Down The Rabbit Hole: We have listed incredible facts on how color and interior design psychology affects health and well being.
Studies suggest a room’s decor can drastically affect a person’s mood and productivity. And well-designed spaces can unlock the psychology behind happiness.
We’ve dove into interior design psychology. And we’ve nailed down some keys to unlocking good mood interior design. Read on for tips and strategies driven by the psychology of interior design.
Why Interior Design Psychology Matters
The layout of a room can affect a person’s overall comfort and wellness. And that includes both mental and physical health.
Wondering how to find that aesthetic happy people enjoy? Here’s a look at the top five eye-opening facts driven by interior design psychology:
1. Natural Light Can up Productivity
Sunlight has long been connected with a better mood. And studies show light can have a positive effect on a person’s productivity.
Interior designers can take advantage of this bright idea by adding windows that let the natural light flood into a space. And high-quality roof lights can illuminate a room.
2. Colors Can Set the Mood
Colors might seem like they’re based solely on a person’s preference. But studies suggest rooms can produce tangible emotions.
Browns can create feelings of comfort or add a natural sense to a home. Whites tend to promote freshness and a more sterile environment. And black can be used to create bold elegance within a space.
3. Textures Can Control the Feel
The shapes of furniture and texture of decor can also bring out emotions. Shaggy rugs can promote comfort and happiness.
At the same time, elements like metal can give off feelings of strength or independence. And adding wood to a space is a good way to add a natural warmth or promote feelings of growth. This is a strategy that top craftsmen, like Hawthorn Builders, have mastered.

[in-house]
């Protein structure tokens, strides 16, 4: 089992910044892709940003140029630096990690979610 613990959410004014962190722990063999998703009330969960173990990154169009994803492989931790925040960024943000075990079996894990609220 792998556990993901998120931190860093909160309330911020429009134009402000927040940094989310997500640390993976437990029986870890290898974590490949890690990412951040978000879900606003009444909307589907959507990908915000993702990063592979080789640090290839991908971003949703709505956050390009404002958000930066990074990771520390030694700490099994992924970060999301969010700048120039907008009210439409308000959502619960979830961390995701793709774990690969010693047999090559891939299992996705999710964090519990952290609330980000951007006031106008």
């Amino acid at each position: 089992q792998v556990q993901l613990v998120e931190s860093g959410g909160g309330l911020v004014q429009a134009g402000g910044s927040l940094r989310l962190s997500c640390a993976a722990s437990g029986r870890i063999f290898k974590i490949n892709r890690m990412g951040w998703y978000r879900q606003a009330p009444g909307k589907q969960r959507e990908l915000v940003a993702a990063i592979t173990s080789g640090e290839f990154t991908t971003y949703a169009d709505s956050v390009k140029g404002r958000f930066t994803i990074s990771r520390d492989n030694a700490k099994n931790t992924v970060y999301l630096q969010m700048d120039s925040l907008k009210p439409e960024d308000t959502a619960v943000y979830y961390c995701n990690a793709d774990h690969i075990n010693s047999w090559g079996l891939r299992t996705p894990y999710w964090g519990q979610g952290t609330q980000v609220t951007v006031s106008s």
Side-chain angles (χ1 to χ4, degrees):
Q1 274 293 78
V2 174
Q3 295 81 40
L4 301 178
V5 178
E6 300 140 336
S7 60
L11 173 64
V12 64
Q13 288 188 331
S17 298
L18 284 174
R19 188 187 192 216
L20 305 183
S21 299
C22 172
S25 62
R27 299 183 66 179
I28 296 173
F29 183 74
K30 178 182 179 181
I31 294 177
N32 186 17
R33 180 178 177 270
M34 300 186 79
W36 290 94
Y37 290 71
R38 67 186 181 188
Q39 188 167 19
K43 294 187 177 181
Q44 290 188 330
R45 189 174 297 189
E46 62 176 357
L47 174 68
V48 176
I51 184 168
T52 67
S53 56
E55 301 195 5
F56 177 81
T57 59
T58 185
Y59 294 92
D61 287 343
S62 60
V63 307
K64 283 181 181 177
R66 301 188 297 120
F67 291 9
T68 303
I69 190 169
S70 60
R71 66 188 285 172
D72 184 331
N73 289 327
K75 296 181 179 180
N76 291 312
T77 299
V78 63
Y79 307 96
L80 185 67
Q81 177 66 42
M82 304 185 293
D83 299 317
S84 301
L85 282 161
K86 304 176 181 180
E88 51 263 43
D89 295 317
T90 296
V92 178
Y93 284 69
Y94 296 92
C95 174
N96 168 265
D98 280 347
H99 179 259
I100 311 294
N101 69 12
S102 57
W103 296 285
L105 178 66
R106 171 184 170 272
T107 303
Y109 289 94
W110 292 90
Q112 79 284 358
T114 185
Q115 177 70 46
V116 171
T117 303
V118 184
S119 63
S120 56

4. Size and Space Matter
It’s often overlooked, but the amount of space in a room and even the height of a ceiling can affect a person’s subconscious. One study suggests the height of a ceiling can impact a person’s sense of freedom.
Higher ceilings can help boost creativity, and they can make a person feel more at ease. That makes them a good move for areas that might be stress builders.
And it means wide spaces can help ease the tension in a work environment.
5. Nature Can Be a Mood Booster
Incorporating nature into a room can boost a person’s mood and cut the tension in a room. And one study says the addition of plants can help promote positive health and well-being.
That also makes it a good idea to draw attention to rooms overlooking natural scenes. This might mean taking advantage of windows that feature parks or greenery. And wood finishing can also bring this same natural feel to a space.
More in Home Decor
These five facts give a glimpse into interior design psychology. But we have more expert looks at architecture and design.
Check out our blog here for more tips and ideas on home improvements and living.